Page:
BJNI, Armenia — The riverside village of Bjni possesses all the ingredients to blossom into a tourist haven for visitors new to this landlocked country in the South Caucasus and for Armenians themselves. What visitors don’t see right away in Bjni, where a $3 million Russian-financed United Nations tourism project is in the works, is … Read more Come to Armenia: Russia Backs a UN Project to Develop Rural Tourism
BELPASSO, Italy — The Oasi di Francesca farm-stay hotel is situated in an unlikely spot here in Sicily, about a kilometer from an Italian naval air base and a half hour to the large port city of Catania in the east, facing the Ionian Sea. Among the acres of low-lying artichoke plants — as well … Read more Getting to Know Mediterranean Farmers: Agritourism Hits Sicily
The Trump administration, which announced early this year that it would curtail American-funded women’s health services around the world that may be involved in any way in abortion, has turned its attention to curbing family planning in the United States. Rules have been issued with immediate effect that American women can no longer obtain contraceptives … Read more A Guide to Trump’s Global Edicts on Women’s Reproductive Health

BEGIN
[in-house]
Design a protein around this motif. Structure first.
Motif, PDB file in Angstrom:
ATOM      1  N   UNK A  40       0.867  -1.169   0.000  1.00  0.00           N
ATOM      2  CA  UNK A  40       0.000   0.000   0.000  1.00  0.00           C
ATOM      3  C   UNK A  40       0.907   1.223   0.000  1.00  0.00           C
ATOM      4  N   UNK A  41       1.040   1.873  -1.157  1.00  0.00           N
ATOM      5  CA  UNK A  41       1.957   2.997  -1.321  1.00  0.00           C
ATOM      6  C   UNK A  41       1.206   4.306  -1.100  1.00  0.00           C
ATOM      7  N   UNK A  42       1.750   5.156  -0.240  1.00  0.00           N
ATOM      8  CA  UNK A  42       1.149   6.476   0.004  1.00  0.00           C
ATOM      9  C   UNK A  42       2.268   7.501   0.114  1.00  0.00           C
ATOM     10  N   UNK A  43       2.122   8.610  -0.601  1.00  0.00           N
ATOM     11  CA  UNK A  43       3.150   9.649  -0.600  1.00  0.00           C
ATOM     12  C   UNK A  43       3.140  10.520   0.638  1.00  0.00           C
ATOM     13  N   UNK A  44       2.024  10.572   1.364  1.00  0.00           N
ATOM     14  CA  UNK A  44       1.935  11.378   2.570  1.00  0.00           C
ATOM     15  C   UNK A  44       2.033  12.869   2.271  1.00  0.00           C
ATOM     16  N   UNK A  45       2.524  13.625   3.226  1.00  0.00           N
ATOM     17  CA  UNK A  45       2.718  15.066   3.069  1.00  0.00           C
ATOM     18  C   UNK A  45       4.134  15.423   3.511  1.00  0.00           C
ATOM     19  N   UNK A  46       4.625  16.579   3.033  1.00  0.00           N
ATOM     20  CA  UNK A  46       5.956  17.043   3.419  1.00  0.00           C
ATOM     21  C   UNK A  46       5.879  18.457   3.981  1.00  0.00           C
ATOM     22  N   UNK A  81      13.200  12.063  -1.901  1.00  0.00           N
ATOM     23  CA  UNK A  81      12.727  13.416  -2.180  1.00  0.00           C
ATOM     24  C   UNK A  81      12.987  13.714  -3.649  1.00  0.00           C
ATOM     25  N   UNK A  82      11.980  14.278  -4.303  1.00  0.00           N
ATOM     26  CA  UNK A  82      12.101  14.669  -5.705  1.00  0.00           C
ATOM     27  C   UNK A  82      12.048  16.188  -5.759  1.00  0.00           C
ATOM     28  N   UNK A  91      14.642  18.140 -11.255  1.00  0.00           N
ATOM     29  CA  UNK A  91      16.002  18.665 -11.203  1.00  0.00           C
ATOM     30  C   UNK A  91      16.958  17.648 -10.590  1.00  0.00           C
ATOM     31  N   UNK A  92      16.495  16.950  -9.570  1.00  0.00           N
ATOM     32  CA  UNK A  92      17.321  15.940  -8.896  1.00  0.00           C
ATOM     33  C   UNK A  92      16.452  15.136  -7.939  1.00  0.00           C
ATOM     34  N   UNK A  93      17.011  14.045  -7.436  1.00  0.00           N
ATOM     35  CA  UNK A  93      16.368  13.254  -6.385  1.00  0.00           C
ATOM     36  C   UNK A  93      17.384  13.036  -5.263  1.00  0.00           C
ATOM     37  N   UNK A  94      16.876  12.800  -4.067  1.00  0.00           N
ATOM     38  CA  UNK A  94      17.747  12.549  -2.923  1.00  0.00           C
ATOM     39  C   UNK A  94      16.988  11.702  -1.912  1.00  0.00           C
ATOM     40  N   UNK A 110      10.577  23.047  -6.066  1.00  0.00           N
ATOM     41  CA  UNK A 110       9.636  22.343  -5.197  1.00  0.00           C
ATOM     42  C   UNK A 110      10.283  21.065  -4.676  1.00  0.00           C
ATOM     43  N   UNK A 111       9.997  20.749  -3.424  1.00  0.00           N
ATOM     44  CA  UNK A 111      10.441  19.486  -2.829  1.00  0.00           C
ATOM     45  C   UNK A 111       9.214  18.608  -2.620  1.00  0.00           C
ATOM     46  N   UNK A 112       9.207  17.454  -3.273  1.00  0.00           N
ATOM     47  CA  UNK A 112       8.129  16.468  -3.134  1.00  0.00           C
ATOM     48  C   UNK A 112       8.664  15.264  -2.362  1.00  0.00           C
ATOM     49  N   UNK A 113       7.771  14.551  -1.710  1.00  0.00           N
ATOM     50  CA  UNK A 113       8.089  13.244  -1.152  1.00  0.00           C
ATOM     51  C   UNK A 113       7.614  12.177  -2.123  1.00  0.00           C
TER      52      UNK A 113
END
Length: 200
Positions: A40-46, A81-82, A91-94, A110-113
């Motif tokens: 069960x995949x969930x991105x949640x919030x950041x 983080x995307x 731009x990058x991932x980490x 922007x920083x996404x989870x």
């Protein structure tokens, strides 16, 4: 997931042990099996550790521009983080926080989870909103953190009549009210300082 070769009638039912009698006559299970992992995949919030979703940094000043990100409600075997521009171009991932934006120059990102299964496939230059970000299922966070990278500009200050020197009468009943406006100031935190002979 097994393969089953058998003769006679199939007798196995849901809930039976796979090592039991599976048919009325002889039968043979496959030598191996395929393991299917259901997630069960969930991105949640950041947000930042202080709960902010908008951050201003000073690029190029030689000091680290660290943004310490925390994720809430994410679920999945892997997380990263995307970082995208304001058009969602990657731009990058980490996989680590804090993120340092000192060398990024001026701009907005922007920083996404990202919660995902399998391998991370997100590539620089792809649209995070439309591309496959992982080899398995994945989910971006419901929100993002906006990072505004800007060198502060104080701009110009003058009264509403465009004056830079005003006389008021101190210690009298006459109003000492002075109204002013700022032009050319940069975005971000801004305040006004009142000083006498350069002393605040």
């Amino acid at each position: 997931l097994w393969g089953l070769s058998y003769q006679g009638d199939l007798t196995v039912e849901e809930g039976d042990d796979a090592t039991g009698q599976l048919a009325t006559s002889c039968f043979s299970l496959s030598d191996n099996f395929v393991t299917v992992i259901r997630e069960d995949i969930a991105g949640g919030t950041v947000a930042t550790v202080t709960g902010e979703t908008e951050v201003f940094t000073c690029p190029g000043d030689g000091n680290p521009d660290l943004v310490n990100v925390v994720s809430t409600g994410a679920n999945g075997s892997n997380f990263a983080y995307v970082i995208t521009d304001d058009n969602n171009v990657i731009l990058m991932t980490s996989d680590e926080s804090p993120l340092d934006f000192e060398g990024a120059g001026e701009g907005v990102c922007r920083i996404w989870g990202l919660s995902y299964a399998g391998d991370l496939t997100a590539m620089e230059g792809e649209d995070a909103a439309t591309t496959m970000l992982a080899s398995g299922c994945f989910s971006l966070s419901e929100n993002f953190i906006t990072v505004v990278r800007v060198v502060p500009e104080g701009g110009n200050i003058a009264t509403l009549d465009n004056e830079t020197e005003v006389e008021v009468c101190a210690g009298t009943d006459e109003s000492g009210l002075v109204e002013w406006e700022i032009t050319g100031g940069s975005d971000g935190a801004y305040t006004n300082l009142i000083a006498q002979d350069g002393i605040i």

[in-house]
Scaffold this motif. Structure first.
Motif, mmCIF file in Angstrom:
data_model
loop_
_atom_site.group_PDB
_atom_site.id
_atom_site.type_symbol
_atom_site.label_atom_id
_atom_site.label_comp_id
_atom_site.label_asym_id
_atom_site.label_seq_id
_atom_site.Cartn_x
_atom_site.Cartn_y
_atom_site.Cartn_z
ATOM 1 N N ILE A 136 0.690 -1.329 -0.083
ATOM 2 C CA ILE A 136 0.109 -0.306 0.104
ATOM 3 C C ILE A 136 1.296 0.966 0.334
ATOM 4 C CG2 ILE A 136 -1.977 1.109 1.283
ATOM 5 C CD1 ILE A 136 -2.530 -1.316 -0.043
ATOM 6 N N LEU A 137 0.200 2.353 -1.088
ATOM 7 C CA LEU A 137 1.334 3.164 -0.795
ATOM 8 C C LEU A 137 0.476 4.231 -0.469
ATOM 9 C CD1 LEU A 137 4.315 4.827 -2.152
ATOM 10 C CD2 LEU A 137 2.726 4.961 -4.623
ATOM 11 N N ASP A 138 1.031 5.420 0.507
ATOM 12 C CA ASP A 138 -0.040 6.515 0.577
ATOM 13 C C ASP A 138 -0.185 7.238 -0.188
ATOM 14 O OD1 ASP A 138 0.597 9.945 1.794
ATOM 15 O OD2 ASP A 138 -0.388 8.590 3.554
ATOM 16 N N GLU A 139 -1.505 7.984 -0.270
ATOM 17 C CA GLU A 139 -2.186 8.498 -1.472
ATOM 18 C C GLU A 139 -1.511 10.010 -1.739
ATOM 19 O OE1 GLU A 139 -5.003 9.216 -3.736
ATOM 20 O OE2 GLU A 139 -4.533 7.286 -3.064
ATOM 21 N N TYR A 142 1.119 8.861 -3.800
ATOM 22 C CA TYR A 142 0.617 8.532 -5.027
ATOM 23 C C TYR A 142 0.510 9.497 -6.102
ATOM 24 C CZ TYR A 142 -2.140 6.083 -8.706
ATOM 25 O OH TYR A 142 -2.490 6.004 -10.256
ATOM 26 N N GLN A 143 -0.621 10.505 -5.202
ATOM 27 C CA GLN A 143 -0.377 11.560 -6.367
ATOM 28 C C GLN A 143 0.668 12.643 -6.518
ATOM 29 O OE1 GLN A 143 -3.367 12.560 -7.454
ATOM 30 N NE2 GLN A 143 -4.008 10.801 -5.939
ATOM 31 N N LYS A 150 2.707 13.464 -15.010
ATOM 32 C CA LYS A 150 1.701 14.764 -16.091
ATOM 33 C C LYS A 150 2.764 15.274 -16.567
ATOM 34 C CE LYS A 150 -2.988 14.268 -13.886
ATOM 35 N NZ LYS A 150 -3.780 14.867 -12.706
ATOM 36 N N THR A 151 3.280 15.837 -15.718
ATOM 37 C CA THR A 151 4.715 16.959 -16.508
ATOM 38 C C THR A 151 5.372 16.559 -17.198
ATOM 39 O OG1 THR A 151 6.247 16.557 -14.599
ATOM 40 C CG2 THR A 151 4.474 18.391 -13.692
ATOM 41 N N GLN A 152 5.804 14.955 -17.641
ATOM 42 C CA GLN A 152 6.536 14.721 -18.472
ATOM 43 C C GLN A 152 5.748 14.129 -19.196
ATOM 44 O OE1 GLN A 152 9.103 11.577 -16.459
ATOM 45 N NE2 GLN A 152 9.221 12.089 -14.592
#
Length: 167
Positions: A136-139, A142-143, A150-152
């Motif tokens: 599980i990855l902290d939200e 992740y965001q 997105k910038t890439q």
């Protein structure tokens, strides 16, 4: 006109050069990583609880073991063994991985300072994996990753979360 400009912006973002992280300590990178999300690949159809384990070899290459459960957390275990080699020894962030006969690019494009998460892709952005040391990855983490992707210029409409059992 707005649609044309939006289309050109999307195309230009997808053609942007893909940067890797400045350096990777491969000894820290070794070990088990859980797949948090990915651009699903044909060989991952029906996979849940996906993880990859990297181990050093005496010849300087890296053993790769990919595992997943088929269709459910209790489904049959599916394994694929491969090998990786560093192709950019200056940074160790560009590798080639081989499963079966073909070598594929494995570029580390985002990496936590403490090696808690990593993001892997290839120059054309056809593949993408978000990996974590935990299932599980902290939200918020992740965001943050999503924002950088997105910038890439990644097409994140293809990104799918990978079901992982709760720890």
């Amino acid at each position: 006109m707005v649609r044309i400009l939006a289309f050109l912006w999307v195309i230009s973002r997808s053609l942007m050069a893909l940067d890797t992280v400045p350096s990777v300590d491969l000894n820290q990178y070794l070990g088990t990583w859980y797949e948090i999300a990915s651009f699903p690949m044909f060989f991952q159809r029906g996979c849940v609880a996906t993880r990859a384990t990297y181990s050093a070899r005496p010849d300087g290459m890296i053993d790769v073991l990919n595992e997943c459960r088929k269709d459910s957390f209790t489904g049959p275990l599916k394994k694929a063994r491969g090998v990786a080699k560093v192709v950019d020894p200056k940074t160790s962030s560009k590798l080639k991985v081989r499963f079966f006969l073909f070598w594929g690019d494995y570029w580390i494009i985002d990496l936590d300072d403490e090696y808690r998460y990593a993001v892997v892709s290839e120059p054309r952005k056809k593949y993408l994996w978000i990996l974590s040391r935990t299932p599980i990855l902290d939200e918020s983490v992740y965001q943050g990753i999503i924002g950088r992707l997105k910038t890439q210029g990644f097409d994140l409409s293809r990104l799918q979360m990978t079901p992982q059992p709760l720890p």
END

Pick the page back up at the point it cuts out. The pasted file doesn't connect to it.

It will soon be two years since the United Nations adopted a new 15-year development policy encapsulated in the 17 Sustainable Development Goals. This sprawling, ambitious agenda was designed partly to address the shortcomings of the Millennium Goals, the most disheartening of which for women was the failure to meet promises of improved maternal health … Read more With US Funds Gone, UN Population Fund Faces Brutal Choices in Helping Women
At the United Nations, the buzz around a “data revolution” has taken the role of numeric indicators to new heights. Once thought to be a technical issue for statisticians, data questions were a recurring theme in conversations among the thousands of politicians, officials, activists and researchers who gathered in mid-July at the UN’s High-Level Political … Read more Warning: Too Much Reliance on Data Can Undermine the UN’s SDGs
FLORENCE, Italy — This month, Italy’s tourism season kicks into high gear. Florence, which receives more than 16 million tourists a year, is one of many cities to be marred by mass travel. In the famously picturesque Piazza della Signoria, groups plod through the cobblestoned square, shepherded by flag-waving guides. Vendors peddle selfie-sticks in broken … Read more Mass Tourism: Bad for Culture but Good for Women?